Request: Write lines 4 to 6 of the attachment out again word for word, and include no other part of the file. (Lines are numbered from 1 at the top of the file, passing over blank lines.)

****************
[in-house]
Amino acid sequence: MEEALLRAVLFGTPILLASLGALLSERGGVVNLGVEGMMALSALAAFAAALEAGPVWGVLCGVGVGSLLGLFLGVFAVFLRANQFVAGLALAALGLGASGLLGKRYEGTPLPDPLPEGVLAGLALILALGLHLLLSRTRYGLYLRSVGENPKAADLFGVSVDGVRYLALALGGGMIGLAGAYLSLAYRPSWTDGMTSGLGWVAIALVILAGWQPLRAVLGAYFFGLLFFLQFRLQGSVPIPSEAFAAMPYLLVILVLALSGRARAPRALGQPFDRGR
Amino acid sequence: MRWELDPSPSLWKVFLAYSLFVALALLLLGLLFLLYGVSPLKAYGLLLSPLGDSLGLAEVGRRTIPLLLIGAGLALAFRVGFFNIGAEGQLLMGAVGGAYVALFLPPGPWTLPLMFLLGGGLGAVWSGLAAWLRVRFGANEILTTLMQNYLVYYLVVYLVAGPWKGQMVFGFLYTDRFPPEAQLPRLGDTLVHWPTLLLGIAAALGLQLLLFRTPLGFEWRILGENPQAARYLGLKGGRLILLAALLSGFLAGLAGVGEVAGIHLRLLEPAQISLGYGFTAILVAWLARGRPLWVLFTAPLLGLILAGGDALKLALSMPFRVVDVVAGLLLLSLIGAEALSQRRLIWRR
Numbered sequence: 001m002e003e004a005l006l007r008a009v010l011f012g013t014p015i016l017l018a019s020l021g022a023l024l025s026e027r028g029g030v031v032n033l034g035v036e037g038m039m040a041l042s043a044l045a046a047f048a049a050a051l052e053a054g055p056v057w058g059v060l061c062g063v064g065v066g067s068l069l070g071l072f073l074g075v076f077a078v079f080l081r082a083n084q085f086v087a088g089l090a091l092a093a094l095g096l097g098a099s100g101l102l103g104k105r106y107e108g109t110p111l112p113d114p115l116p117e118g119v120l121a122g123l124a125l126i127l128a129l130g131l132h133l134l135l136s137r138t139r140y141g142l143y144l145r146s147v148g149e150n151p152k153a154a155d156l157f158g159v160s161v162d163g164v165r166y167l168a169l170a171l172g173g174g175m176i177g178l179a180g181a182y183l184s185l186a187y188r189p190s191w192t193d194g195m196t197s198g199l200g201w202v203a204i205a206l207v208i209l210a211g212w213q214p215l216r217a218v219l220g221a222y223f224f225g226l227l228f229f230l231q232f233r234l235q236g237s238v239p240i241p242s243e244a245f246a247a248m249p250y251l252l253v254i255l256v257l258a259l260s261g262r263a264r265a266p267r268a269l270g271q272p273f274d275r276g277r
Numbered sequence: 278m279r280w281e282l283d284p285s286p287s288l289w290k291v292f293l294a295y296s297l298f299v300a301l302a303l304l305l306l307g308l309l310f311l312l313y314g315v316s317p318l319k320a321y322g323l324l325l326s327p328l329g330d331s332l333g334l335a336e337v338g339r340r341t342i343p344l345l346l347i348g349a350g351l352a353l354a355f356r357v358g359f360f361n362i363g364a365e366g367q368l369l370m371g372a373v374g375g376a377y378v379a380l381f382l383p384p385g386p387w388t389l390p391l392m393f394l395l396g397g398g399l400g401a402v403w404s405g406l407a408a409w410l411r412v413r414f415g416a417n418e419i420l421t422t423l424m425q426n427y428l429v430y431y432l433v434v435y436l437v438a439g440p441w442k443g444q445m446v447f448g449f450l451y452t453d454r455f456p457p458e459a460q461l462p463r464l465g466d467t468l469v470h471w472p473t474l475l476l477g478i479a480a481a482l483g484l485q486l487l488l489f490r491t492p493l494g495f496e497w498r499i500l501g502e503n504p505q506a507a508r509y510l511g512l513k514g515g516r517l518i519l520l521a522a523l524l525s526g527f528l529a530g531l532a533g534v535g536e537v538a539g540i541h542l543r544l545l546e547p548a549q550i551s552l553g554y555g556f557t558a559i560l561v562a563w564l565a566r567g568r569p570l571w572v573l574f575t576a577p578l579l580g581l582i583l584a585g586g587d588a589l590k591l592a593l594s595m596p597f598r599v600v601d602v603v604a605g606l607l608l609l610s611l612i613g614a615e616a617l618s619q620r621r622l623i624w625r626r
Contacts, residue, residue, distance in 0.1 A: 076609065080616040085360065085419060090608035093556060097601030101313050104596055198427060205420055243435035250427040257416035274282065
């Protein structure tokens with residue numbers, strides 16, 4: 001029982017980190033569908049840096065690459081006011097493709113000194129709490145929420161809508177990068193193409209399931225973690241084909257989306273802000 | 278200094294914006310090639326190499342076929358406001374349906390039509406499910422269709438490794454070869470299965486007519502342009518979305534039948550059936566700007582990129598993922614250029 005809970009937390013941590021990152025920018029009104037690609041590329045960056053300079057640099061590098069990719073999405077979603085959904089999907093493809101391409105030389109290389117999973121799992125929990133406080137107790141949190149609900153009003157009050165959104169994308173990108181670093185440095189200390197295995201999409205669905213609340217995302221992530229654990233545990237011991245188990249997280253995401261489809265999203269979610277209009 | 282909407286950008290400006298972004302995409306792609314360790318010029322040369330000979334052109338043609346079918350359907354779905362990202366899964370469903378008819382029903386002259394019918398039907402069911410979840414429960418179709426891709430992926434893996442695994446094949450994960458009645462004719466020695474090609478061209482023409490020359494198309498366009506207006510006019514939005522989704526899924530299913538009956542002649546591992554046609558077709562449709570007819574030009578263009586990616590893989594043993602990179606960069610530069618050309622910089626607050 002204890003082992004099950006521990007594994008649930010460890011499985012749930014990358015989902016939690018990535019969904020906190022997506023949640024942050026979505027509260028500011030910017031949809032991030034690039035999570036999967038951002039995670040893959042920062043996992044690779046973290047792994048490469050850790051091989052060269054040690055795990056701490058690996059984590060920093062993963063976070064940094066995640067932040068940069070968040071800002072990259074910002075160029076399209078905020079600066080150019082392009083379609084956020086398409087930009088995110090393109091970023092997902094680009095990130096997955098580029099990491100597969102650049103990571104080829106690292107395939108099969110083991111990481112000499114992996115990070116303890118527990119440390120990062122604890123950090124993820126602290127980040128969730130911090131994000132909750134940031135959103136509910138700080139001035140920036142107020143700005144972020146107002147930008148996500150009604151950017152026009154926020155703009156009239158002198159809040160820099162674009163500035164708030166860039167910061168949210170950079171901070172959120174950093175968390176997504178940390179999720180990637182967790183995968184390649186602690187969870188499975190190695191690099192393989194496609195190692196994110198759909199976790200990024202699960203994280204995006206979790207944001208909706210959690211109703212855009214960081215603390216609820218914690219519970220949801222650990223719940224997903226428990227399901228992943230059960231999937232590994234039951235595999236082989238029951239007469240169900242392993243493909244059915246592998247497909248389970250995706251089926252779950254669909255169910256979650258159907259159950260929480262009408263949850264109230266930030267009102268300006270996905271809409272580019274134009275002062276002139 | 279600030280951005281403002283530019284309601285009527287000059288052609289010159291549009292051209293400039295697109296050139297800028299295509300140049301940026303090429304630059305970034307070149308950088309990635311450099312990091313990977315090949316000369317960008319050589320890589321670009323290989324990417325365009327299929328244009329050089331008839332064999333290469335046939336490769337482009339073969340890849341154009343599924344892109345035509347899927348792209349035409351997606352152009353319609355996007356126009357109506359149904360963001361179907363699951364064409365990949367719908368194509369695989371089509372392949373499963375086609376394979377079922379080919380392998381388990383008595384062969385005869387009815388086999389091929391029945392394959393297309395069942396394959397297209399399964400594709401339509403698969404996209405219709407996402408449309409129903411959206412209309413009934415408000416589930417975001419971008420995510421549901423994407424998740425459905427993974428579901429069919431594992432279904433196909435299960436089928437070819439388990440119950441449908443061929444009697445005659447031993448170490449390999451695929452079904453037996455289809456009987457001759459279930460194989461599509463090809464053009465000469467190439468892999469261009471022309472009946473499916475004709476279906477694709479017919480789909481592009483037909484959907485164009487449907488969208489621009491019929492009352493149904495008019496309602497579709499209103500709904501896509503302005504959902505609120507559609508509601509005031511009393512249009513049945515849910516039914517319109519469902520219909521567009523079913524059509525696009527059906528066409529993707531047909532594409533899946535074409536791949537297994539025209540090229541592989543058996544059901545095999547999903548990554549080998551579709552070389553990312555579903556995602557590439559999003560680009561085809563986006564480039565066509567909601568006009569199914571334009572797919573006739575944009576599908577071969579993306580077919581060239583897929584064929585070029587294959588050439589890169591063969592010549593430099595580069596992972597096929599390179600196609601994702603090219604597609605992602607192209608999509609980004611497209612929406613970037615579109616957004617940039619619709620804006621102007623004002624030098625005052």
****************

Numbered sequence: 001m002e003e004a005l006l007r008a009v010l011f012g013t014p015i016l017l018a019s020l021g022a023l024l025s026e027r028g029g030v031v032n033l034g035v036e037g038m039m040a041l042s043a044l045a046a047f048a049a050a051l052e053a054g055p056v057w058g059v060l061c062g063v064g065v066g067s068l069l070g071l072f073l074g075v076f077a078v079f080l081r082a083n084q085f086v087a088g089l090a091l092a093a094l095g096l097g098a099s100g101l102l103g104k105r106y107e108g109t110p111l112p113d114p115l116p117e118g119v120l121a122g123l124a125l126i127l128a129l130g131l132h133l134l135l136s137r138t139r140y141g142l143y144l145r146s147v148g149e150n151p152k153a154a155d156l157f158g159v160s161v162d163g164v165r166y167l168a169l170a171l172g173g174g175m176i177g178l179a180g181a182y183l184s185l186a187y188r189p190s191w192t193d194g195m196t197s198g199l200g201w202v203a204i205a206l207v208i209l210a211g212w213q214p215l216r217a218v219l220g221a222y223f224f225g226l227l228f229f230l231q232f233r234l235q236g237s238v239p240i241p242s243e244a245f246a247a248m249p250y251l252l253v254i255l256v257l258a259l260s261g262r263a264r265a266p267r268a269l270g271q272p273f274d275r276g277r
Numbered sequence: 278m279r280w281e282l283d284p285s286p287s288l289w290k291v292f293l294a295y296s297l298f299v300a301l302a303l304l305l306l307g308l309l310f311l312l313y314g315v316s317p318l319k320a321y322g323l324l325l326s327p328l329g330d331s332l333g334l335a336e337v338g339r340r341t342i343p344l345l346l347i348g349a350g351l352a353l354a355f356r357v358g359f360f361n362i363g364a365e366g367q368l369l370m371g372a373v374g375g376a377y378v379a380l381f382l383p384p385g386p387w388t389l390p391l392m393f394l395l396g397g398g399l400g401a402v403w404s405g406l407a408a409w410l411r412v413r414f415g416a417n418e419i420l421t422t423l424m425q426n427y428l429v430y431y432l433v434v435y436l437v438a439g440p441w442k443g444q445m446v447f448g449f450l451y452t453d454r455f456p457p458e459a460q461l462p463r464l465g466d467t468l469v470h471w472p473t474l475l476l477g478i479a480a481a482l483g484l485q486l487l488l489f490r491t492p493l494g495f496e497w498r499i500l501g502e503n504p505q506a507a508r509y510l511g512l513k514g515g516r517l518i519l520l521a522a523l524l525s526g527f528l529a530g531l532a533g534v535g536e537v538a539g540i541h542l543r544l545l546e547p548a549q550i551s552l553g554y555g556f557t558a559i560l561v562a563w564l565a566r567g568r569p570l571w572v573l574f575t576a577p578l579l580g581l582i583l584a585g586g587d588a589l590k591l592a593l594s595m596p597f598r599v600v601d602v603v604a605g606l607l608l609l610s611l612i613g614a615e616a617l618s619q620r621r622l623i624w625r626r
Contacts, residue, residue, distance in 0.1 A: 076609065080616040085360065085419060090608035093556060097601030101313050104596055198427060205420055243435035250427040257416035274282065